Winter might already be here for DRAMs as contract prices catch up

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Winter might already be here for DRAMs as contract prices catch up

 
Memory makers are bracing themselves for the dynamic random access memory (DRAM) winter as chip prices fall.
 
According to Taiwan’s market tracker TrendForce, the average contract price of 8-gigabit DDR4 PC DRAMs was $3.71 on Oct. 29, down 9.51 percent from Sept. 30. That’s the biggest on-month drop since June 2019 and the first time prices fell on-month since October last year. 
 
Many expected contract prices to fall, since the leading indicator of spot prices fell earlier. It takes about two to three months for spot prices to be reflected in contract prices. Based on chip price tracker DRAMeXchange, the spot price of PC DRAMs in August was down 36 percent from this year’s peak of $5.3 in March.
 
Morgan Stanley in August released a report titled “Memory — Winter is Coming,” saying that DRAM prices will fall as demand for computers, smartphones and servers decreases. It cut the target price for local chip maker SK hynix from 156,000 won ($132) to 80,000 won and for Samsung Electronics from 98,000 won to 89,000 won.
 
With countries returning to normal expected to pull down demand for computers, DRAM prices have peaked earlier than expected. 
 
SK hynix said during its third quarter conference call on Oct. 26 that it had “prolonged chip price negotiations due to some customers planning to sell down their inventory.”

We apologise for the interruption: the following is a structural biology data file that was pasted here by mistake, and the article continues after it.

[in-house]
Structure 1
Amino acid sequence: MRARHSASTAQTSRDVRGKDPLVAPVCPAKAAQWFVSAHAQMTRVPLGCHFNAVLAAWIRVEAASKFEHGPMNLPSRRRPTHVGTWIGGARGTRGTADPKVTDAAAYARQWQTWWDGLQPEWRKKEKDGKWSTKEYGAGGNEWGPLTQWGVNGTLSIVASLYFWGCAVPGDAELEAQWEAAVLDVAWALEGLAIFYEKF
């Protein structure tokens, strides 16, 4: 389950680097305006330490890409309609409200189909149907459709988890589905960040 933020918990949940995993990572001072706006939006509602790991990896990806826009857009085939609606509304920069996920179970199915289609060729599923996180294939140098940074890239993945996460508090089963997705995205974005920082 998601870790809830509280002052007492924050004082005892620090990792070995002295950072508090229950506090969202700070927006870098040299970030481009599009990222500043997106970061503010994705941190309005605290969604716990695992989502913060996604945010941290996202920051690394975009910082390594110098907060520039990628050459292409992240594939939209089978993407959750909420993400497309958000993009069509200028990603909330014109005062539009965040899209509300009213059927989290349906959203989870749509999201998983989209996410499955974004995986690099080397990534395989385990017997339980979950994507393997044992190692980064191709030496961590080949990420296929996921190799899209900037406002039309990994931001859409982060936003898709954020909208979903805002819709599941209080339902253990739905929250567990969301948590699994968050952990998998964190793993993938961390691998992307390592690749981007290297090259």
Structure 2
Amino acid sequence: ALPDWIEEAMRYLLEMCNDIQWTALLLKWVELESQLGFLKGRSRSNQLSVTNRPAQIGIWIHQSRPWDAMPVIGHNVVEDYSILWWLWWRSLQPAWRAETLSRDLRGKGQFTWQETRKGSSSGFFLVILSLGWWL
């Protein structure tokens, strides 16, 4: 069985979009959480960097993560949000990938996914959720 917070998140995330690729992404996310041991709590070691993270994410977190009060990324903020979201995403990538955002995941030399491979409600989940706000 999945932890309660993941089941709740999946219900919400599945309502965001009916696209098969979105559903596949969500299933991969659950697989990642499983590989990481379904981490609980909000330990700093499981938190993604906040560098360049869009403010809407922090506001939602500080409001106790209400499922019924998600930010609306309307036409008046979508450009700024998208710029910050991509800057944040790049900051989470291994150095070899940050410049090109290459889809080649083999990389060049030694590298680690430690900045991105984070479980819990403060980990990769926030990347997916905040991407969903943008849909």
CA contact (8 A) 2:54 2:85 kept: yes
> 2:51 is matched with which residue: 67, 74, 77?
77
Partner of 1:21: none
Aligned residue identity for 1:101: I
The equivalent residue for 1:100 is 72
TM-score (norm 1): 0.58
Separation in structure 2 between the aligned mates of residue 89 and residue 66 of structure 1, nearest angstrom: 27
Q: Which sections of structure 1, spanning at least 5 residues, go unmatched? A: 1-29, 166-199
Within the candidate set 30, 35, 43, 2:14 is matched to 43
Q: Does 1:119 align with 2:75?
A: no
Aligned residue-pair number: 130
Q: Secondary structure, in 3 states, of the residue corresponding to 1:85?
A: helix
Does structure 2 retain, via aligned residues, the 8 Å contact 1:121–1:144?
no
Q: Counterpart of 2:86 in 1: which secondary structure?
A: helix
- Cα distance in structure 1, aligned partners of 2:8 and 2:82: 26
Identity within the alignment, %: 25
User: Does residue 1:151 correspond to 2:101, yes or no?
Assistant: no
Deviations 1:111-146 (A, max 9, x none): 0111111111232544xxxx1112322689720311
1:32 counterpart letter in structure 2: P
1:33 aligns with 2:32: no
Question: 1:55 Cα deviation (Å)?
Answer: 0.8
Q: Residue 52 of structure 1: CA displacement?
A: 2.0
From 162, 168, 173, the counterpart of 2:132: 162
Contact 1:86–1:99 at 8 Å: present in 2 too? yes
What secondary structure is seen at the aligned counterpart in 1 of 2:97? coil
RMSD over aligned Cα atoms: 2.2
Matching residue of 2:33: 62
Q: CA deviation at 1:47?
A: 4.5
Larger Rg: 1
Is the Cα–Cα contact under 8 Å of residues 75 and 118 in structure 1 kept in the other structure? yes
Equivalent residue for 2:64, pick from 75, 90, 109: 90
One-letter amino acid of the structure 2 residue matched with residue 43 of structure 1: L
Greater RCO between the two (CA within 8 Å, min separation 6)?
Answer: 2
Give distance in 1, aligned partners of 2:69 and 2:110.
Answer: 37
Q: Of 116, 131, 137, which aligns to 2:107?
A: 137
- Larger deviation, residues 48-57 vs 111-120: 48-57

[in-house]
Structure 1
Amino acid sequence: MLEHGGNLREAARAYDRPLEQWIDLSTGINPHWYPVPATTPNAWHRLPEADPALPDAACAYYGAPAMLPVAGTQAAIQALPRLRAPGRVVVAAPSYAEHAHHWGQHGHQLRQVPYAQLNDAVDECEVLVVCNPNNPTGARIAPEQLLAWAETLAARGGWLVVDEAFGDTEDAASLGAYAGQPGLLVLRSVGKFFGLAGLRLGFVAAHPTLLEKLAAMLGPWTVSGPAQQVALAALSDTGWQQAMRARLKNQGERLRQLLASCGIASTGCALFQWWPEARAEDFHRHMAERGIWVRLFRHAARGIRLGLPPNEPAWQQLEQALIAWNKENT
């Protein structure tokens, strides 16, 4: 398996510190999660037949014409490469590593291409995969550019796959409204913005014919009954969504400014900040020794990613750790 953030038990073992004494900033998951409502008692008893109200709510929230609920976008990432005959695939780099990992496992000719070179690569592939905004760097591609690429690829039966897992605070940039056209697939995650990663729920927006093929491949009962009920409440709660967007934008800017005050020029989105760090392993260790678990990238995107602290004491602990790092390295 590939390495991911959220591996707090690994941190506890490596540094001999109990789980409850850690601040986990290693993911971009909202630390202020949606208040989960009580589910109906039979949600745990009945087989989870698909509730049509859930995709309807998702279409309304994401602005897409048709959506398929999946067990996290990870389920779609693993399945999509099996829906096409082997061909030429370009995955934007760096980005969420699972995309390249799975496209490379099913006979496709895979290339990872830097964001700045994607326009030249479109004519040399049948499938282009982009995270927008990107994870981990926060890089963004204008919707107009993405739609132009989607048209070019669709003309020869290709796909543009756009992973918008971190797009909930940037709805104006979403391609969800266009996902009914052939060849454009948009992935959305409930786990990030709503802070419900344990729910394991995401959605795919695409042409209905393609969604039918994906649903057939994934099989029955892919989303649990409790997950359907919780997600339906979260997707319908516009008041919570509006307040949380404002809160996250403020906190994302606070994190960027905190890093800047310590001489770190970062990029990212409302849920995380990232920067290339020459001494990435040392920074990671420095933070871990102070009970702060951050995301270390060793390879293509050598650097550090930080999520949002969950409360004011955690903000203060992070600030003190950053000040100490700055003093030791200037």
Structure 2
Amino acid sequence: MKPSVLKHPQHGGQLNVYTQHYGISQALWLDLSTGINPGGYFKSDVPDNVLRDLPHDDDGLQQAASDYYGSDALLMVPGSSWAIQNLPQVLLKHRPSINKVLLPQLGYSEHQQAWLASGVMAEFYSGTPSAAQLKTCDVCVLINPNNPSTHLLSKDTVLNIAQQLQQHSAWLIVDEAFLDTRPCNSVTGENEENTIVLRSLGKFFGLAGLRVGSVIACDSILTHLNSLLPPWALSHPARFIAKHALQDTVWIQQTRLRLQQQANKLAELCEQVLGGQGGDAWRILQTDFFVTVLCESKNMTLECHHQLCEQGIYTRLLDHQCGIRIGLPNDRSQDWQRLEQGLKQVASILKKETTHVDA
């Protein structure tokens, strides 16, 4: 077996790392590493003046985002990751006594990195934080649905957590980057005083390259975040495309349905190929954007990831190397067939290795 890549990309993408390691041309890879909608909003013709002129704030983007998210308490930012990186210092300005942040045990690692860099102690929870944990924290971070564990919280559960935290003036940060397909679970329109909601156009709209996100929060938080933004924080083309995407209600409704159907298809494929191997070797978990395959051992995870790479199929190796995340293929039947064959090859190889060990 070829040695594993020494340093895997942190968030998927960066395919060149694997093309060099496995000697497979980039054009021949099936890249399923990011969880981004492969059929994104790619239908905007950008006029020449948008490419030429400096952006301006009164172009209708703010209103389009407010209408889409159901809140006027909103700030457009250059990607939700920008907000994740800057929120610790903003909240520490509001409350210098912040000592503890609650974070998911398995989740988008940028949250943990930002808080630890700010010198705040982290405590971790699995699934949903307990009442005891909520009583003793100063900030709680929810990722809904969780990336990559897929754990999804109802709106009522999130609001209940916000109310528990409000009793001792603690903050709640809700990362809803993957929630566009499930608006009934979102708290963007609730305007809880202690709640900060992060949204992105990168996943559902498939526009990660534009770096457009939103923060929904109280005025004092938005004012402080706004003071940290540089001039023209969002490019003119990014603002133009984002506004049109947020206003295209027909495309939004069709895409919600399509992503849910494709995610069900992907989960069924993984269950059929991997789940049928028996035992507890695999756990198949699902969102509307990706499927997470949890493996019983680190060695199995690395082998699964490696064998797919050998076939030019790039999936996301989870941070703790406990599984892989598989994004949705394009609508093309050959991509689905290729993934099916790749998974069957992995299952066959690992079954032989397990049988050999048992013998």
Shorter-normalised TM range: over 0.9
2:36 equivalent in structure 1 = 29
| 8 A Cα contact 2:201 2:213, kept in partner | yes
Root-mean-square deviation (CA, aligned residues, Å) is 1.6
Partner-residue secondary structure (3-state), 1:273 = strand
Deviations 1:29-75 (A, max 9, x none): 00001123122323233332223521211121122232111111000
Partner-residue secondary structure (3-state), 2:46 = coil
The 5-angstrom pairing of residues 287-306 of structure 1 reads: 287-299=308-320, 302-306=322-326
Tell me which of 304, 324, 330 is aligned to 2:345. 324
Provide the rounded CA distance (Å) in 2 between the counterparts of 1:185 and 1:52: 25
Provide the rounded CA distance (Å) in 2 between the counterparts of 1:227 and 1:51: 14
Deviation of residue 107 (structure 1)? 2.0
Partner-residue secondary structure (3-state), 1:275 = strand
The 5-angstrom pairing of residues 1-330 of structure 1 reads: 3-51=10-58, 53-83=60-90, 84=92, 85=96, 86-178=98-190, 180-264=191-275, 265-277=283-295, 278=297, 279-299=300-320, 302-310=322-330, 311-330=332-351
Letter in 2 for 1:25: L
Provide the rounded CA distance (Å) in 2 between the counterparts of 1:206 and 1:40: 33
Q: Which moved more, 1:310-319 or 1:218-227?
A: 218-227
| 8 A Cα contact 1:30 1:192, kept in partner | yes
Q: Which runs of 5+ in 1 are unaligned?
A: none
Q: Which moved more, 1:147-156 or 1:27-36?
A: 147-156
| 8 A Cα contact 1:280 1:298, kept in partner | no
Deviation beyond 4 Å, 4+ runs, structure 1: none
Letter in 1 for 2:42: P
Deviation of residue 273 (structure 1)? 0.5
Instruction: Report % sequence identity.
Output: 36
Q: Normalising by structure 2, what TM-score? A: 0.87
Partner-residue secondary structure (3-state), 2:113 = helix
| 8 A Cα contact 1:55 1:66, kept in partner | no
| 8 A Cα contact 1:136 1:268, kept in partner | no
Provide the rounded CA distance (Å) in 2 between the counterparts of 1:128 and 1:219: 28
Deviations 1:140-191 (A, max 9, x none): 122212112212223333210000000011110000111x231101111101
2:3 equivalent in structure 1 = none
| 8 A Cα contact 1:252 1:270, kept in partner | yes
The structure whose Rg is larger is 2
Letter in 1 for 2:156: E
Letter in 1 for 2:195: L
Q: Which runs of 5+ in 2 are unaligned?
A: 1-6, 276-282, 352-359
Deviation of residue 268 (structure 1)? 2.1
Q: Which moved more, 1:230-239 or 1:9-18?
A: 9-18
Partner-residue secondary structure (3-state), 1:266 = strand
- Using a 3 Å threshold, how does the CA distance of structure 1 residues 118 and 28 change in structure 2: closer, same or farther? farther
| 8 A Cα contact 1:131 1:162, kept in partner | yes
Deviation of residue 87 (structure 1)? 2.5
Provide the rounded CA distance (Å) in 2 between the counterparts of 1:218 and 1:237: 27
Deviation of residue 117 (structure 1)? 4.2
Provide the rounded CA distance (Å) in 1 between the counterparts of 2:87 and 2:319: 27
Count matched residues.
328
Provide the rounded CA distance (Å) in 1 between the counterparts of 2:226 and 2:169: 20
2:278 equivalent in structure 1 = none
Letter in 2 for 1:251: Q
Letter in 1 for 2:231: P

Analysts say falling DRAM prices will negatively affect the local chip makers.
 
“DRAM prices will significantly fall through second quarter next year,” said Meritz Securities analyst Kim Sun-woo. “However, the drop will ease in the second quarter compared to the first, and show signs of improvement.”
 
Companies are depending on inventory management and production efficiency to counter dropping prices.  
 
“The situation isn’t as serious because price fluctuations of memory chips are weaker and shorter than the past, and [we] carry lean inventory levels,” said Han Jin-man, executive vice president of the memory business of Samsung Electronics.
 
The company said its inventory has enough room for a build-up without being forced to sell at the current low price. Price competitiveness will be enhanced by using extreme ultraviolet (EUV) lithography processing to make chips, a technology the company says is used to cut production time.
 
Analyst Kim added that Samsung Electronics remained relatively quiet about its annual investment plan unlike its other third quarter conference calls, which is an uncertainty for the company.  
 
“There are concerns that the company could make investments in memory chips during the fourth quarter, which could put a strain on its business if made when demand is falling,” said Kim.
  

BY CHOI EUN-KYUNG, LEE TAE-HEE [lee.taehee2@joongang.co.kr]
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